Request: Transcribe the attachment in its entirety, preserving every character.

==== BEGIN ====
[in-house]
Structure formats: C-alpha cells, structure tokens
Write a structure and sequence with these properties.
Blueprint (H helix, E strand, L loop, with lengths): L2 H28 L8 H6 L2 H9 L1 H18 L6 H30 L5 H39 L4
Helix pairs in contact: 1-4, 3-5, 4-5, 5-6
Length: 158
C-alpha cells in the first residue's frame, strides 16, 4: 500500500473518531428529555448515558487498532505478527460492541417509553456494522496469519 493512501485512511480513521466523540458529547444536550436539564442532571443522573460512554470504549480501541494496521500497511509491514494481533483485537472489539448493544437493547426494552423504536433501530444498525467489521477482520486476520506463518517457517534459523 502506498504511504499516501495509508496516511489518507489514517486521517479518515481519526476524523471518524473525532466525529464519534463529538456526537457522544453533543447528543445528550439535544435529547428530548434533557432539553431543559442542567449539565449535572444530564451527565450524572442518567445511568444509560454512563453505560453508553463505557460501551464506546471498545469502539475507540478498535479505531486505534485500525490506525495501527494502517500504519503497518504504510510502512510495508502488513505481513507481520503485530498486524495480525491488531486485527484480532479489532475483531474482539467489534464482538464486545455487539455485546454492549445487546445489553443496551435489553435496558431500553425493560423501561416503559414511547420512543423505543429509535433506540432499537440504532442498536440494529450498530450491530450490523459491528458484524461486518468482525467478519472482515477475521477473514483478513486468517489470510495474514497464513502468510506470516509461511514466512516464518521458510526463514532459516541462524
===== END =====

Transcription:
[in-house]
Structure formats: C-alpha cells, structure tokens
Write a structure and sequence with these properties.
Blueprint (H helix, E strand, L loop, with lengths): L2 H28 L8 H6 L2 H9 L1 H18 L6 H30 L5 H39 L4
Helix pairs in contact: 1-4, 3-5, 4-5, 5-6
Length: 158
C-alpha cells in the first residue's frame, strides 16, 4: 500500500473518531428529555448515558487498532505478527460492541417509553456494522496469519 493512501485512511480513521466523540458529547444536550436539564442532571443522573460512554470504549480501541494496521500497511509491514494481533483485537472489539448493544437493547426494552423504536433501530444498525467489521477482520486476520506463518517457517534459523 502506498504511504499516501495509508496516511489518507489514517486521517479518515481519526476524523471518524473525532466525529464519534463529538456526537457522544453533543447528543445528550439535544435529547428530548434533557432539553431543559442542567449539565449535572444530564451527565450524572442518567445511568444509560454512563453505560453508553463505557460501551464506546471498545469502539475507540478498535479505531486505534485500525490506525495501527494502517500504519503497518504504510510502512510495508502488513505481513507481520503485530498486524495480525491488531486485527484480532479489532475483531474482539467489534464482538464486545455487539455485546454492549445487546445489553443496551435489553435496558431500553425493560423501561416503559414511547420512543423505543429509535433506540432499537440504532442498536440494529450498530450491530450490523459491528458484524461486518468482525467478519472482515477475521477473514483478513486468517489470510495474514497464513502468510506470516509461511514466512516464518521458510526463514532459516541462524